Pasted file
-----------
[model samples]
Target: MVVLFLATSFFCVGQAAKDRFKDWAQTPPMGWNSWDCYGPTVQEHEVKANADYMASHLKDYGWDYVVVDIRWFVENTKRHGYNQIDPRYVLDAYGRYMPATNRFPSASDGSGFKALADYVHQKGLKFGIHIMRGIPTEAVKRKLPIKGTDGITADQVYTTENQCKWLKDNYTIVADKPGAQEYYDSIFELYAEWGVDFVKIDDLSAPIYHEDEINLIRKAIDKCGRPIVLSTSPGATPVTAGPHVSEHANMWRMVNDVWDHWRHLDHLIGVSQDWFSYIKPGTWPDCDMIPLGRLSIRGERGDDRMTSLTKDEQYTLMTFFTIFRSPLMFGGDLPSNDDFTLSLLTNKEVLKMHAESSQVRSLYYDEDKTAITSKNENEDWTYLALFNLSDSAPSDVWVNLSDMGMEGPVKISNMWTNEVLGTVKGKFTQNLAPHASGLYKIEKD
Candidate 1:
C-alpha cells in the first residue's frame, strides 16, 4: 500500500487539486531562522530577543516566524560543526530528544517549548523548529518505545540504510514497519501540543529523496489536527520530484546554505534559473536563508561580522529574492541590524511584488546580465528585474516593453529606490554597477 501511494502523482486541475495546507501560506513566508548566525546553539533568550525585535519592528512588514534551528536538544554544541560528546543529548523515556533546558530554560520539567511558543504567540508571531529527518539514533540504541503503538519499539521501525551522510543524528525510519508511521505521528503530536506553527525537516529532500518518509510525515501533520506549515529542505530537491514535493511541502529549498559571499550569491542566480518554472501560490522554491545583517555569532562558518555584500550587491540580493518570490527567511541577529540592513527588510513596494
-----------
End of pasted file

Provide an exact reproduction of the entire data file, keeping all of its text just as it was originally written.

[model samples]
Target: MVVLFLATSFFCVGQAAKDRFKDWAQTPPMGWNSWDCYGPTVQEHEVKANADYMASHLKDYGWDYVVVDIRWFVENTKRHGYNQIDPRYVLDAYGRYMPATNRFPSASDGSGFKALADYVHQKGLKFGIHIMRGIPTEAVKRKLPIKGTDGITADQVYTTENQCKWLKDNYTIVADKPGAQEYYDSIFELYAEWGVDFVKIDDLSAPIYHEDEINLIRKAIDKCGRPIVLSTSPGATPVTAGPHVSEHANMWRMVNDVWDHWRHLDHLIGVSQDWFSYIKPGTWPDCDMIPLGRLSIRGERGDDRMTSLTKDEQYTLMTFFTIFRSPLMFGGDLPSNDDFTLSLLTNKEVLKMHAESSQVRSLYYDEDKTAITSKNENEDWTYLALFNLSDSAPSDVWVNLSDMGMEGPVKISNMWTNEVLGTVKGKFTQNLAPHASGLYKIEKD
Candidate 1:
C-alpha cells in the first residue's frame, strides 16, 4: 500500500487539486531562522530577543516566524560543526530528544517549548523548529518505545540504510514497519501540543529523496489536527520530484546554505534559473536563508561580522529574492541590524511584488546580465528585474516593453529606490554597477 501511494502523482486541475495546507501560506513566508548566525546553539533568550525585535519592528512588514534551528536538544554544541560528546543529548523515556533546558530554560520539567511558543504567540508571531529527518539514533540504541503503538519499539521501525551522510543524528525510519508511521505521528503530536506553527525537516529532500518518509510525515501533520506549515529542505530537491514535493511541502529549498559571499550569491542566480518554472501560490522554491545583517555569532562558518555584500550587491540580493518570490527567511541577529540592513527588510513596494